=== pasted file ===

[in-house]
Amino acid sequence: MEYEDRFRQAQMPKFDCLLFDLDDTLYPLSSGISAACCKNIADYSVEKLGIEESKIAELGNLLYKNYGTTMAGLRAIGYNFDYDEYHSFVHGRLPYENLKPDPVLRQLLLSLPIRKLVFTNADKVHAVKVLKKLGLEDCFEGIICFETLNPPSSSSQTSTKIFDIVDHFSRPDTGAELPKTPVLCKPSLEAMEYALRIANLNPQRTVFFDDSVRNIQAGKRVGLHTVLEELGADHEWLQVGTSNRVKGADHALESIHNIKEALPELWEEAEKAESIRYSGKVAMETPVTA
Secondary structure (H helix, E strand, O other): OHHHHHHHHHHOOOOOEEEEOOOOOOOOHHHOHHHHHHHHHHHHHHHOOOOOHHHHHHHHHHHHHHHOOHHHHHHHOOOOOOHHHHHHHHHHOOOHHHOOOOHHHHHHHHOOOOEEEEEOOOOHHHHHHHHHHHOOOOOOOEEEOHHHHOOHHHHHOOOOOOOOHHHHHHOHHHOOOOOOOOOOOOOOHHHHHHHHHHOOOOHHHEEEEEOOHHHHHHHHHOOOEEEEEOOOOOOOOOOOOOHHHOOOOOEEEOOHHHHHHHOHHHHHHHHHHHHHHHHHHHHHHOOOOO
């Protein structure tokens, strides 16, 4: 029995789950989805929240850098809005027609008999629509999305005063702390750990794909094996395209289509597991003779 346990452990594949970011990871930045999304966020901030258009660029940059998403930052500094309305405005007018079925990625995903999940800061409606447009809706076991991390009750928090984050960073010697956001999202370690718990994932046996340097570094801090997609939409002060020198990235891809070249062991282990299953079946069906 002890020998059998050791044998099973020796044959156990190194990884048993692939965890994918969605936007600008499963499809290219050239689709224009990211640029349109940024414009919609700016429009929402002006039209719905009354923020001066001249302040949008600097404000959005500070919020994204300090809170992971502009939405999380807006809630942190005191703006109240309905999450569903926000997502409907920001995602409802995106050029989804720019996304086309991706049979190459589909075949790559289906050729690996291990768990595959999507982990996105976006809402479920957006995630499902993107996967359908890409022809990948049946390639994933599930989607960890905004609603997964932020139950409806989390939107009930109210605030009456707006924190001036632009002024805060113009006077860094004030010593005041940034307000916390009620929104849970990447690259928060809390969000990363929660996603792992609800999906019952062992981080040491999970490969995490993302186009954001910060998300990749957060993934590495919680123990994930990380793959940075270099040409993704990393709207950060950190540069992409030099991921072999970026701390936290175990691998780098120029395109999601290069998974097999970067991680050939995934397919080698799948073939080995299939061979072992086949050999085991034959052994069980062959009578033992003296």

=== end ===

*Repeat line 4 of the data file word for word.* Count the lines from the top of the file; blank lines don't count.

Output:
């Protein structure tokens, strides 16, 4: 029995789950989805929240850098809005027609008999629509999305005063702390750990794909094996395209289509597991003779 346990452990594949970011990871930045999304966020901030258009660029940059998403930052500094309305405005007018079925990625995903999940800061409606447009809706076991991390009750928090984050960073010697956001999202370690718990994932046996340097570094801090997609939409002060020198990235891809070249062991282990299953079946069906 002890020998059998050791044998099973020796044959156990190194990884048993692939965890994918969605936007600008499963499809290219050239689709224009990211640029349109940024414009919609700016429009929402002006039209719905009354923020001066001249302040949008600097404000959005500070919020994204300090809170992971502009939405999380807006809630942190005191703006109240309905999450569903926000997502409907920001995602409802995106050029989804720019996304086309991706049979190459589909075949790559289906050729690996291990768990595959999507982990996105976006809402479920957006995630499902993107996967359908890409022809990948049946390639994933599930989607960890905004609603997964932020139950409806989390939107009930109210605030009456707006924190001036632009002024805060113009006077860094004030010593005041940034307000916390009620929104849970990447690259928060809390969000990363929660996603792992609800999906019952062992981080040491999970490969995490993302186009954001910060998300990749957060993934590495919680123990994930990380793959940075270099040409993704990393709207950060950190540069992409030099991921072999970026701390936290175990691998780098120029395109999601290069998974097999970067991680050939995934397919080698799948073939080995299939061979072992086949050999085991034959052994069980062959009578033992003296």